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Publication numberUS6937877 B2
Publication typeGrant
Application numberUS 09/742,725
Publication dateAug 30, 2005
Filing dateDec 21, 2000
Priority dateDec 21, 2000
Fee statusPaid
Also published asUS20020082044
Publication number09742725, 742725, US 6937877 B2, US 6937877B2, US-B2-6937877, US6937877 B2, US6937877B2
InventorsDavid Michael Davenport
Original AssigneeGeneral Electric Company
Export CitationBiBTeX, EndNote, RefMan
External Links: USPTO, USPTO Assignment, Espacenet
Wireless communication with a mobile asset employing dynamic configuration of a software defined radio
US 6937877 B2
Abstract
A system for communicating over a plurality of wireless data networks, the system comprising a software defined radio capable of being configured to operate with a plurality of wireless network services; a radio controller for reconfiguring the radio to operate over a wireless data network; a first database containing information about wireless data networks; wireless location technology used to determine a location of the radio; wherein the wireless location technology determines a location of the radio and the controller compares the location with information contained in the first database to determine available wireless data networks.
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Claims(30)
1. A method for a programmable software radio to communicate over a plurality of wireless data networks with a central service facility, the method comprising:
providing the radio with wireless location technology;
providing the radio with data about wireless data networks;
providing the radio with data about pre-selected broadcast media channels;
scanning for pre-selected broadcast media channels to determine a location of the radio;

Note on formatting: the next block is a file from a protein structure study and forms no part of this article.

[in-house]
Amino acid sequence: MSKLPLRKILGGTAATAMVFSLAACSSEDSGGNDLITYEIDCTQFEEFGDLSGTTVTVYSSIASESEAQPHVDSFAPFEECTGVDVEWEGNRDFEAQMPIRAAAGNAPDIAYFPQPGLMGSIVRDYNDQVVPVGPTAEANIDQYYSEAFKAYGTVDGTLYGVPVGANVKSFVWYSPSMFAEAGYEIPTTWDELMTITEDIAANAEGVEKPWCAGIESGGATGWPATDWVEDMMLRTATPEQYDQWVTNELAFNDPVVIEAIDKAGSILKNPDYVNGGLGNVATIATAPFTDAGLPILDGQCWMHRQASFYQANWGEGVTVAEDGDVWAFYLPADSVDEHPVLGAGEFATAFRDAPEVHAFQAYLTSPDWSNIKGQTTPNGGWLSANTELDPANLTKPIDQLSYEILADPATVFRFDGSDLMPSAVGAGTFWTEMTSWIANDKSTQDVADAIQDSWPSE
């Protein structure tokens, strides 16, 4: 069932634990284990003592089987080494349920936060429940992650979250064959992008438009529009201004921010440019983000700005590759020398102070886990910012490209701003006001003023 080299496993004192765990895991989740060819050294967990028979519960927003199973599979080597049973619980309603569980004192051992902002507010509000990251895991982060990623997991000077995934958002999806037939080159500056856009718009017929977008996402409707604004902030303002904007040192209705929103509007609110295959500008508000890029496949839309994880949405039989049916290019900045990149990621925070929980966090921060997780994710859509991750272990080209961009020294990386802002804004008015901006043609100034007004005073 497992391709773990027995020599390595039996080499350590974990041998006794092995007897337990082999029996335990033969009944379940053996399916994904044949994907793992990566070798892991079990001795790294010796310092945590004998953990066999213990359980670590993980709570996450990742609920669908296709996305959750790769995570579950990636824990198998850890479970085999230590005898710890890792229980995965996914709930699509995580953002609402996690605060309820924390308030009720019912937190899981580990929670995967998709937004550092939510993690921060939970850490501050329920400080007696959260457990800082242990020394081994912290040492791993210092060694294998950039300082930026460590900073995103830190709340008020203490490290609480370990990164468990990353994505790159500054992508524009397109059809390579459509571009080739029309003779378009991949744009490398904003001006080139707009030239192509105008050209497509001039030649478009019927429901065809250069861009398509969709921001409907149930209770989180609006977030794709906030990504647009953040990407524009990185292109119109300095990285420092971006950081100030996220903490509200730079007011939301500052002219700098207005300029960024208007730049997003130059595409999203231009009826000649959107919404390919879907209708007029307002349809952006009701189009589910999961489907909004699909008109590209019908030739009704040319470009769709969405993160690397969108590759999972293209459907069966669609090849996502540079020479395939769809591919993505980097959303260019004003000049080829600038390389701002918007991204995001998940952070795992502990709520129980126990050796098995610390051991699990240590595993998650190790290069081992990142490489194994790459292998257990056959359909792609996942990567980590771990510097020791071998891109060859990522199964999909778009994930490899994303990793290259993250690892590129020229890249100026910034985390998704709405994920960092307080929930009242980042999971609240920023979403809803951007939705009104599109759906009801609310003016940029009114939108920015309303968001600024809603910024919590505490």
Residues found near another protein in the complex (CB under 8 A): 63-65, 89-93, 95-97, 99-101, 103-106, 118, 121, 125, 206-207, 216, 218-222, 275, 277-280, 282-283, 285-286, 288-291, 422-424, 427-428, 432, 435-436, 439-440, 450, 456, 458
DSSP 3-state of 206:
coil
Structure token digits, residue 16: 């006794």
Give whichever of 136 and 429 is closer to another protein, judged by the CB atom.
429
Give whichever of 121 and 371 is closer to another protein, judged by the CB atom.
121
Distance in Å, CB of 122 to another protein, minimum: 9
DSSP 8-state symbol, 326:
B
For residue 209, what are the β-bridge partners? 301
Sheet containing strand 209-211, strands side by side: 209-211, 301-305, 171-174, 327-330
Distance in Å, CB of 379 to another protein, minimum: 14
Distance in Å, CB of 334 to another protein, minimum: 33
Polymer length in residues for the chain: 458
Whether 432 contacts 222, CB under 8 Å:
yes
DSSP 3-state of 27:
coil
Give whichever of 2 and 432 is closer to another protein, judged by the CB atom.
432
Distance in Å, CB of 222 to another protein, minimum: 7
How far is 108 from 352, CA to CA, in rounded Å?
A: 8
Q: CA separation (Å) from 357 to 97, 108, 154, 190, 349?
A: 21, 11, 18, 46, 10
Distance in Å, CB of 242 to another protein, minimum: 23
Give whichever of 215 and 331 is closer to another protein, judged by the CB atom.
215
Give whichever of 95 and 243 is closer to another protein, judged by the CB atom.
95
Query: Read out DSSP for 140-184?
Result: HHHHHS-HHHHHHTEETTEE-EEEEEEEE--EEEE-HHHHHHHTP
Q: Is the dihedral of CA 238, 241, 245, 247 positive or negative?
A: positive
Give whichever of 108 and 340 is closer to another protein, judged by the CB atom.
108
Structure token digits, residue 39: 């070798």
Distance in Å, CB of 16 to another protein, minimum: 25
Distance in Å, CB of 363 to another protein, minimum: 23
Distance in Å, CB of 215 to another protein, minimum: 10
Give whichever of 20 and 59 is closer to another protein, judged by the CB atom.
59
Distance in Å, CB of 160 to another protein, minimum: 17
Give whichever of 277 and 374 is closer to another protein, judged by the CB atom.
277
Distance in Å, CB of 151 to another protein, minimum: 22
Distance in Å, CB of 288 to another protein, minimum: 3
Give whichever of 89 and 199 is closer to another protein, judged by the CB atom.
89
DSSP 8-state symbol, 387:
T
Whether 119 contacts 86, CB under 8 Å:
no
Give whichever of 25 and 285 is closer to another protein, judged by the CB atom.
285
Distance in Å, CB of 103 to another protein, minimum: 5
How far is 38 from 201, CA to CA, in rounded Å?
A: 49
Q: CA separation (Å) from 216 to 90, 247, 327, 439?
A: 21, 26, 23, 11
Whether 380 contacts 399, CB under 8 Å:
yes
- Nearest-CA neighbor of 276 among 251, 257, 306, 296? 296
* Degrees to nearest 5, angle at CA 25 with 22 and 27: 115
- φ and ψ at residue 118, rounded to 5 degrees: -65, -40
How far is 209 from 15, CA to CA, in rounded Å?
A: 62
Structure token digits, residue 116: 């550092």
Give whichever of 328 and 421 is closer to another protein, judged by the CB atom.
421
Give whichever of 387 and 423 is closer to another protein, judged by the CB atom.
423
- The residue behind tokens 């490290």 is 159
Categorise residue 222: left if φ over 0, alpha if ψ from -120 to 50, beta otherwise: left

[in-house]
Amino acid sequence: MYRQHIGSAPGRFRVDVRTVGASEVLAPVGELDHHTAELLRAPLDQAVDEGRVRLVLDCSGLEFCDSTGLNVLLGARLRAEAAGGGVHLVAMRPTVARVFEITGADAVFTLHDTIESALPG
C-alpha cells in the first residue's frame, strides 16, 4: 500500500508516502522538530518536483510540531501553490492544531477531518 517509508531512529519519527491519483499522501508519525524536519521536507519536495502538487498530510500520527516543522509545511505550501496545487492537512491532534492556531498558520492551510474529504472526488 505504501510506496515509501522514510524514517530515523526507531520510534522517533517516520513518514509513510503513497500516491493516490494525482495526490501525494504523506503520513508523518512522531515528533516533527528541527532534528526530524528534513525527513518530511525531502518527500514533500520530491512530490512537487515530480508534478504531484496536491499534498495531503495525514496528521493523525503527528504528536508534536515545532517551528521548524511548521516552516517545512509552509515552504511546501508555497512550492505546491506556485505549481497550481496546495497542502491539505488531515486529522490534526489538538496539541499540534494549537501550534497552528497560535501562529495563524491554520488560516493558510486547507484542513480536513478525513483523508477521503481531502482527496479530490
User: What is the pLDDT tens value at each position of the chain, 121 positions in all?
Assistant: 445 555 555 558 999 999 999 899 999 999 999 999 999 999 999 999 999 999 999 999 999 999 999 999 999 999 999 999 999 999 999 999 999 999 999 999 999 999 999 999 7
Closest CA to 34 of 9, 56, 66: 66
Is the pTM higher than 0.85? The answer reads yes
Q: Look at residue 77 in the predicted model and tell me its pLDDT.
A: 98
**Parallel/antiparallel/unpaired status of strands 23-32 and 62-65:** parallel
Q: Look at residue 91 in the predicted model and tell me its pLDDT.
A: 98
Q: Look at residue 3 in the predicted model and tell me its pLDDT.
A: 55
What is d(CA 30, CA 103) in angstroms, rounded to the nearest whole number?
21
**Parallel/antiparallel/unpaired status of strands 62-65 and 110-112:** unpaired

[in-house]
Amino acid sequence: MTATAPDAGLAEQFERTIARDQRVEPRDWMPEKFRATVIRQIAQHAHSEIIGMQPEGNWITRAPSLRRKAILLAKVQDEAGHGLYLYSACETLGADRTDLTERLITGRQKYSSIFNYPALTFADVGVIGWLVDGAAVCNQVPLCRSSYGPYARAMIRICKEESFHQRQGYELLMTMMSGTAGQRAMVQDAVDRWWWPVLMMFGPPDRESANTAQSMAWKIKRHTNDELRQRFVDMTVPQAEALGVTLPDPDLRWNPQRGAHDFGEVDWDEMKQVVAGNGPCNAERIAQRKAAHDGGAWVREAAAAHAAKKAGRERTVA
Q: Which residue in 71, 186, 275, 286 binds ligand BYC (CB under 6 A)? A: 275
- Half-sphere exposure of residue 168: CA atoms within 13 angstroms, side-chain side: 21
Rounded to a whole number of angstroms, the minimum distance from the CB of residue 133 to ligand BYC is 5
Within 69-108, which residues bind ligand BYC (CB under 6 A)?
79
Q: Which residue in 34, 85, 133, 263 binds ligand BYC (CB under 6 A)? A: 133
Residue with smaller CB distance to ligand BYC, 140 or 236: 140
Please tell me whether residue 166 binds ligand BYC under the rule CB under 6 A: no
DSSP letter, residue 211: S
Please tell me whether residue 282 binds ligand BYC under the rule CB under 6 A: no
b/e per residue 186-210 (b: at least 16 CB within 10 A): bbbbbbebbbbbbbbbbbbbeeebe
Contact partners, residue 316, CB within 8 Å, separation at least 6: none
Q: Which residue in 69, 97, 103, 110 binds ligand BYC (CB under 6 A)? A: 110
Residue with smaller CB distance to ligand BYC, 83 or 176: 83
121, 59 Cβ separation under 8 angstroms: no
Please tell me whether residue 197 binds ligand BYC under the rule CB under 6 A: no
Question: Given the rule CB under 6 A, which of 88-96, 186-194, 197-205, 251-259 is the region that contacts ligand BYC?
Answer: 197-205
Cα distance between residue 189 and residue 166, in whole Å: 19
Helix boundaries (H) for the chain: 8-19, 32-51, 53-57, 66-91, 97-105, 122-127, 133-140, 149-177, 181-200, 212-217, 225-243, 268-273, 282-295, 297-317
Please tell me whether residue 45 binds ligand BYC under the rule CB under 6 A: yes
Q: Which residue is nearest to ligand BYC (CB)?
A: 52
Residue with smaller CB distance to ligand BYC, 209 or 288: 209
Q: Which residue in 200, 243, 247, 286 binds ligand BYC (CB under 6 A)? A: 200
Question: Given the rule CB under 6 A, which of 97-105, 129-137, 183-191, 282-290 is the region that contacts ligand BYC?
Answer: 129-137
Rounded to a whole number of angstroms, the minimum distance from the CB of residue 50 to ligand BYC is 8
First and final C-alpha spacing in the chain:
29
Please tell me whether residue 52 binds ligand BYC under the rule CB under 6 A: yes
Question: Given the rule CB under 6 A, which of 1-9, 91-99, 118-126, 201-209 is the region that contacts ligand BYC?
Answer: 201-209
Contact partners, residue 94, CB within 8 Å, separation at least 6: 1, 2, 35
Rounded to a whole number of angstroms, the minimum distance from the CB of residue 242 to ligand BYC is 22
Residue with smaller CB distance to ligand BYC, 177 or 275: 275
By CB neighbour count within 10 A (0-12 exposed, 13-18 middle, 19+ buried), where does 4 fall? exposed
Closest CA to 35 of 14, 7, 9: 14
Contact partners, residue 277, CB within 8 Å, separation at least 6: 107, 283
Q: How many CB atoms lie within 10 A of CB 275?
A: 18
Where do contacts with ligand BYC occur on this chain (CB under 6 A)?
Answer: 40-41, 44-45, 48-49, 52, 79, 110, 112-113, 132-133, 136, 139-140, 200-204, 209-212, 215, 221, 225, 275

comparing the location of the radio with data about wireless data networks;
determining available wireless data networks based on the location of the radio;
selecting a wireless data network; and
configuring the radio to communicate over the selected wireless data network.
2. The method of claim 1 wherein the step of providing the radio with data about wireless data networks comprises providing data about coverage area, license agreements, and radio software configuration data.
3. The method of claim 1, wherein the step of providing the radio with wireless location technology comprises providing the radio with handset-based wireless location technology.
4. The method of claim 1 wherein the step of providing the radio with wireless location technology comprises providing the radio with network-based wireless location technology.
5. The method of claim 1 wherein the step of scanning for pre-selected broadcast media channels further comprises scanning for pre-selected broadcast media channels based on broadcast media channels data provided to the radio to determine a location.
6. The method of claim 1 wherein the step of providing the radio with data about media broadcast channels comprises providing data about frequencies, coverage areas and license information.
7. The method of claim 1, wherein the step of determining a location of the radio with wireless location technology further comprises allowing the central service facility to determine a wireless location technology to use.
8. The method of claim 1, wherein the step of providing the radio with data about wireless data networks further comprises transmitting data updates from the central service facility to the radio.